Destroying Evidence May Result in Sanctions Including a Judge Entering Judgment in Favor of Opposing Party

Whenever someone is involved in an accident, certain duties are triggered. One of those duties is to preserve any evidence that may become useful to the opposing party in the event that a lawsuit is later filed by the accident victim. A party’s failure to preserve material evidence can result in a variety of sanctions being imposed against that party, including the judge entering judgment in favor of the opposing party. A recent case in front of a federal court of appeals illustrates this concept.

ScaffoldingSchaefer v. Universal Scaffolding:  The Facts

The plaintiff, Schaefer, was a construction worker who routinely worked with scaffolding. On the day in question, a piece of scaffolding came loose and struck Schaefer in the head, causing serious injuries. Schaefer filed a product liability claim against the manufacturer of the scaffolding, as well as related claims against his own employer as well as the company that contracted the work to be done. Relevant to this case was Schaefer’s claim against the manufacturer of the scaffolding.

Before the trial began, Schaefer was informed that the actual piece of scaffolding that struck him in the head was no longer in the possession of the defendant. Believing this evidence to be crucial to his case, Schaefer asked the court to enter judgment in his favor because the evidence had been in the sole control of the defendant, and it was their duty to preserve it. Schaefer claimed that it was reasonably foreseeable that he would have filed a product liability claim against the manufacturer, and that triggered a duty to preserve the evidence.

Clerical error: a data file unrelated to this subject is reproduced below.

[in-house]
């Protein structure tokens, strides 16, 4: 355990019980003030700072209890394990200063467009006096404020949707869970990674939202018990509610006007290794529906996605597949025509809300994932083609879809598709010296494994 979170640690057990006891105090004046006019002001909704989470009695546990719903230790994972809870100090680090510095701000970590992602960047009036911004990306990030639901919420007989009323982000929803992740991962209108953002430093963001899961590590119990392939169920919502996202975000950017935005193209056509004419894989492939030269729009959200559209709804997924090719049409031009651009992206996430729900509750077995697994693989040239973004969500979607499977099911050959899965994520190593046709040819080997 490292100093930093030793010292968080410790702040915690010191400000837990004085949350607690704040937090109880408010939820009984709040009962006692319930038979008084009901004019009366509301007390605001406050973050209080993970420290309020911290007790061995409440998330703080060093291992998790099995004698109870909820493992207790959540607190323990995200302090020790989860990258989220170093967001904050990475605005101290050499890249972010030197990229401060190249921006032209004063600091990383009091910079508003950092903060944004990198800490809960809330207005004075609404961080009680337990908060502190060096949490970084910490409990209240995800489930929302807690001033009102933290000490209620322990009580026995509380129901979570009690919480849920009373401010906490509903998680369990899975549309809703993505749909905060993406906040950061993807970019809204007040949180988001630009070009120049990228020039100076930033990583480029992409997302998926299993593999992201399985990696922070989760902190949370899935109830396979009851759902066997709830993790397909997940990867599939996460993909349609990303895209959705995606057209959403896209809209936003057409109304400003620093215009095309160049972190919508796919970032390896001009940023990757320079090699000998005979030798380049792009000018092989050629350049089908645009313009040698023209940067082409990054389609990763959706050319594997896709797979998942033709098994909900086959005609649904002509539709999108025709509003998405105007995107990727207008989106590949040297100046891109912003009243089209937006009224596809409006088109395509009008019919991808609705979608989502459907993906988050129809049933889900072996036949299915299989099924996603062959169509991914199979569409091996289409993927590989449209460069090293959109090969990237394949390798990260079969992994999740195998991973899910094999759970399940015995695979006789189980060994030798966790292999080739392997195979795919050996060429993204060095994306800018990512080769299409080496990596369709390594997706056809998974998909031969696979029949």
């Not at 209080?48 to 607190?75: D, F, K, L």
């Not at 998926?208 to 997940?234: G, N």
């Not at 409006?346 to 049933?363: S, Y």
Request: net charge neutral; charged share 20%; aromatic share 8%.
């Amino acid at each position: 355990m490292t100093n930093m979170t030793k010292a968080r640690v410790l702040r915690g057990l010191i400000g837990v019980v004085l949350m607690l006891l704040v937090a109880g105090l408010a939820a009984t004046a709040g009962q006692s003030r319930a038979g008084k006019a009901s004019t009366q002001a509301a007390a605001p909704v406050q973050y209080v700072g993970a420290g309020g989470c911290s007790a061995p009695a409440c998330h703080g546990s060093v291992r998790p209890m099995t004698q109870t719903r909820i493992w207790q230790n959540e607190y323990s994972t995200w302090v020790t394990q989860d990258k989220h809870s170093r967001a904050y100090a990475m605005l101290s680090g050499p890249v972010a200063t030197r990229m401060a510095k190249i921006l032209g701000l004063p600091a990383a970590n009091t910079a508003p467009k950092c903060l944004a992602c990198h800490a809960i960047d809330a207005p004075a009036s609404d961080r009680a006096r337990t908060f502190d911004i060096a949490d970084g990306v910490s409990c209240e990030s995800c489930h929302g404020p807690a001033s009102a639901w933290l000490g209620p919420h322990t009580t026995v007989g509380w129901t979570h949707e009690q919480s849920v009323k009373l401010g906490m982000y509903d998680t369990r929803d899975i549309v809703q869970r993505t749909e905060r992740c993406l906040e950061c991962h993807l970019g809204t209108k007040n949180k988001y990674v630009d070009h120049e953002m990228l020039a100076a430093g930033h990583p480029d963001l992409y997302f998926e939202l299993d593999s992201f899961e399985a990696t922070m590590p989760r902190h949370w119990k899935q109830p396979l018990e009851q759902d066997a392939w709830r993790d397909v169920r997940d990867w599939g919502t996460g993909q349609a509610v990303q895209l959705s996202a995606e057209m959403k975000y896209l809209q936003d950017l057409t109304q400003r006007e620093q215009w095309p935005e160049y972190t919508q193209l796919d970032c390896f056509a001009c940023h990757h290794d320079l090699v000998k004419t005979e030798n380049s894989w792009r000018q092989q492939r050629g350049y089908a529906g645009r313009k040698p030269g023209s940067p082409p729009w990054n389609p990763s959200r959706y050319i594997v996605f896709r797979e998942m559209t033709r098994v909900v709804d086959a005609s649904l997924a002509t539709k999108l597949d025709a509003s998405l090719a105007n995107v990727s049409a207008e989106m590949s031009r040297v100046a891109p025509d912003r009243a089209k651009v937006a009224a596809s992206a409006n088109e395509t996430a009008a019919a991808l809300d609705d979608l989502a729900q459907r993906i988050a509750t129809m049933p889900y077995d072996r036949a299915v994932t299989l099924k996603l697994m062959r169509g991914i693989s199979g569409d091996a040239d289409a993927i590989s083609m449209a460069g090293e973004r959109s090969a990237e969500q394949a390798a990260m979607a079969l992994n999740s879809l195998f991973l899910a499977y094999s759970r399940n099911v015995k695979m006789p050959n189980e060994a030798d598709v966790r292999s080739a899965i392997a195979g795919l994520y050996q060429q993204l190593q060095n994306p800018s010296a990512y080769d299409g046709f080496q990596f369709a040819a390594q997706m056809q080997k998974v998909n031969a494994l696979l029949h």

The trial court, however, disagreed with Schaefer and denied his request. Instead, the trial court granted the defendant’s motion to dismiss the case, holding that Schaefer failed to show that he would have been successful at trial had the evidence been preserved and admitted into evidence. Schaefer appealed.

On appeal, Schaefer reiterated his arguments below and added that the lower court applied the wrong standard to his spoliation claim. The appellate court agreed, holding that the lower court was mistaken to require Schaefer to show that he would have been successful had the evidence been persevered. Instead, the court held, the proper standard was that Schaefer needed to show that he had a “reasonable probability” of success had the missing evidence been presented to the court. As a result, Schaefer’s case was sent back to the lower court for that court to determine if Schaefer presented sufficient evidence to substantiate his claim of spoliation under the proper standard.

Have You Been Injured in an Indiana Personal Injury Accident?

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Related Posts:

Court Finds At-Fault Driver’s Employer Not Liable Under Vicarious Liability Theory, Indiana Injury Lawyer Blog, October 12, 2016

Woman Recovers $1.3 Million from Supermarket After Being Struck by Grocery Cart, Indiana Injury Lawyer Blog, October 17, 2016